Happy Hour for Miserable Children

Herald Theatre, Aotea Centre, The Edge, Auckland

19/09/2006 - 30/09/2006

Production Details

Devised and performed by Barnie Duncan and Trygve Wakenshaw
Directed by Geoff Pinfield


In a run down old go-go bar, glitzy and fetid
A crime of great passion has just been committed
In this carnal emporium if the base and the lusty
Two builders are framed for a Murder Most Nasty…

From the award-winning creators of hit festival show The Magic Chicken, comes an award-winning macabre comedy of anarchic proportions – Happy Hour for Miserable Children

When two bungling builders – under the gaze of a sinister madame – set about renovating a grungy strip joint into a church, little do they know the dark and gory secrets hidden behind every greasy pole.  

After winning critical acclaim and the ‘Best Comedy’ award at the 2004 New Zealand Fringe Festival, Auckland underground company Theatre Beating is back to fracture funny bones and split ribs with a slapstick thumping of power tools, plank spankings and a chaotic ignorance of OSH regulations.

Theatre Beating earlier this year became the only theatre production company to be formally invited to the China Shanghai International Arts festival in Oct 2006.

Happy Hour stars two of Auckland’s hardest working actors, Barnie Duncan and Trygve Wakenshaw. Currently they have theIr own show on Alt TV as 2 German conceptual artists whom recently attempted to become the Guinness World record holders for continually hosting a TV show in one sitting (over 48 hours).

Director Geoff Pinfield, is also associate Director of MAUI – The next biggest show heading to Broadway. Happy Hour is Produced by Graeme Bennett, one of New Zealand only Independent Theatre Producer and founder of PAI – Performing Arts Internationally. www.pai.org.nz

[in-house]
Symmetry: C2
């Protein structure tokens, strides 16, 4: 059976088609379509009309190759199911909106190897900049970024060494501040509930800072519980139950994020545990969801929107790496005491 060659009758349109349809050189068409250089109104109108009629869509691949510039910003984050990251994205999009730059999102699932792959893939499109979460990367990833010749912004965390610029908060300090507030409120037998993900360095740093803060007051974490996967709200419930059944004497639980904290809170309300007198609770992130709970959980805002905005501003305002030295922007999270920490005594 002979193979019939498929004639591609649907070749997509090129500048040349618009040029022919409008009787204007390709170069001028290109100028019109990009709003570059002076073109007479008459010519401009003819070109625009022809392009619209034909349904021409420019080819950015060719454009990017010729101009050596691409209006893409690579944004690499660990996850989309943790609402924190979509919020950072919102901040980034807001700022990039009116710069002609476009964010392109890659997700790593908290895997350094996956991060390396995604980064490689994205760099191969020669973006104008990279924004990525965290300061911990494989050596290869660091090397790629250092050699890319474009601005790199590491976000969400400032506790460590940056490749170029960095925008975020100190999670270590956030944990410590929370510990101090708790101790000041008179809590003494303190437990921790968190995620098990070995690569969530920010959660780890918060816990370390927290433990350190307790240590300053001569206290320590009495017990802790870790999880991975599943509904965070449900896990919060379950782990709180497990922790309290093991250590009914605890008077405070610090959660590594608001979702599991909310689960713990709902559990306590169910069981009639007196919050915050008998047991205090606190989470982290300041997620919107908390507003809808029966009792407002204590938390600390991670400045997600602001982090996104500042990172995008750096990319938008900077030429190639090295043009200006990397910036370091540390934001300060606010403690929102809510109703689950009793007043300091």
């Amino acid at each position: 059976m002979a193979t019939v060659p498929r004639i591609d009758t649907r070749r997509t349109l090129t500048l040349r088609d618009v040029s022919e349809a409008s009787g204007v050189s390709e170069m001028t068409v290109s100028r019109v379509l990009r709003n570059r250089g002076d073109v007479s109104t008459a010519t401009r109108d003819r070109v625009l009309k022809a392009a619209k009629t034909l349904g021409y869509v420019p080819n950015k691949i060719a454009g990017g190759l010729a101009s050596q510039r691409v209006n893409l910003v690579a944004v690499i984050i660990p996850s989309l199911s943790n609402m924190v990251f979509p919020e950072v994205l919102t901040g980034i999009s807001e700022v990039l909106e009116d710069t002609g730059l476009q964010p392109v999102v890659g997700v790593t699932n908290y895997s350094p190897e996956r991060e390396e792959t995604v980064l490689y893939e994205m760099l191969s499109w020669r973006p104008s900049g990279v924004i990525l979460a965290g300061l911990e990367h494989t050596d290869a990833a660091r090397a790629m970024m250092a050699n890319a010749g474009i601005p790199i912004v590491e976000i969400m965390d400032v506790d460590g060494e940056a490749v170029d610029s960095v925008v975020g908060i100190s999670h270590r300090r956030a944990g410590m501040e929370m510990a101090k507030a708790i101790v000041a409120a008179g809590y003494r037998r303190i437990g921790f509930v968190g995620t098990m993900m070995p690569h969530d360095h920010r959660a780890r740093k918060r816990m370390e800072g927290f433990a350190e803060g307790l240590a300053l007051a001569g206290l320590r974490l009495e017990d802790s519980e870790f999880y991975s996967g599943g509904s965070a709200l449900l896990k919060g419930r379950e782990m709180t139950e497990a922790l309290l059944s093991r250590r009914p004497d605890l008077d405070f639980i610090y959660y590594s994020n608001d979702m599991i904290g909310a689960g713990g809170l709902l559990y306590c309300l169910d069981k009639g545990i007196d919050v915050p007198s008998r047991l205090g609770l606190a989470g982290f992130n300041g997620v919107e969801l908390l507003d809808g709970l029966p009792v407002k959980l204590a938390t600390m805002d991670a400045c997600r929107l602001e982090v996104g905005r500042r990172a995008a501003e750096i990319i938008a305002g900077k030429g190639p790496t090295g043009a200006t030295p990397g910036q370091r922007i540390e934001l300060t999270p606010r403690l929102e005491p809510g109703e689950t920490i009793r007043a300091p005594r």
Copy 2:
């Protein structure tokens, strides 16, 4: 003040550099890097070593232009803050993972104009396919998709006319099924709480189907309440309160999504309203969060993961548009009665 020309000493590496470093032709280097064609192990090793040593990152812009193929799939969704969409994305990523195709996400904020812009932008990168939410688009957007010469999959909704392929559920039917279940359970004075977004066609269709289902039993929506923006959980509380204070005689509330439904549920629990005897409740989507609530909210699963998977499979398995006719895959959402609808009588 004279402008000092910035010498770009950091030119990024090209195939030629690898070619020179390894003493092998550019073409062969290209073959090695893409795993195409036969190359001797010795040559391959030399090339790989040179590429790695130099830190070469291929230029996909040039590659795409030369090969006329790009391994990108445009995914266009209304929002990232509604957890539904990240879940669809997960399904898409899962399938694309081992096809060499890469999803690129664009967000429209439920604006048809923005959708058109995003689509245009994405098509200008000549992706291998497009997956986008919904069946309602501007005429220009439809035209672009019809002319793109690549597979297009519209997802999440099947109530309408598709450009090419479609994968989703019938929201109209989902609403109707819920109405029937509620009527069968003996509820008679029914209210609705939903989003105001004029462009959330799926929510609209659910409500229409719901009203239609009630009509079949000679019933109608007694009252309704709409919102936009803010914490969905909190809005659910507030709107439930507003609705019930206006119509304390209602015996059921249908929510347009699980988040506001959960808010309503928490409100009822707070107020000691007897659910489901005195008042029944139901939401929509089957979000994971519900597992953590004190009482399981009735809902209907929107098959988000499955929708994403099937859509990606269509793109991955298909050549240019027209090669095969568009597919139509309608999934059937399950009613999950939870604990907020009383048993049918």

Also, see www.theatrebeating.com for more info

Yvette Parsons
Barnie Duncan
Trygve Wakenshaw

Sam Hamilton as musician and circus clown

Theatre , Clown , Music ,

Clown logic

Review by Nik Smythe 21st Sep 2006

As the audience is seated we have a chance to peruse Rachel Walker’s sumptuously decrepit set and observe the harlequin entity of the sole musician who I’ll rave about at the end, as he fiddles about in accompaniment to the house music.  The atmosphere creates an uneasy but positive kind of anticipation of what is to come.

Lights come up to the sound of sharpening knives, accompanied by some twirly accordion music from said musician, and the plot is revealed:  Madame Coochicoo LaDouche (Yvette Parsons), gothically flambouyant owner of run down  raunchy nightclub ‘Gogo’, has committed murder most foul, as an assortment of dismembered limbs illustrates.  In a nonsensical bid to evade the law, she advertises for construction workers to transform the tatty old bar into a church. 

Enter our two hapless working class heroes Toot and Collins (Barnie Duncan and Trygve Wakenshaw), who proceed to bumble their way through the task at hand.  Collins, the tall one as he is no doubt generally known, has the upper hand in status and Toot cowers to his commands as they take stock of what’s there, and what needs removing.  From the start they are falling all over themselves, each other, numerous props, and sometimes Madame Coochicoo too.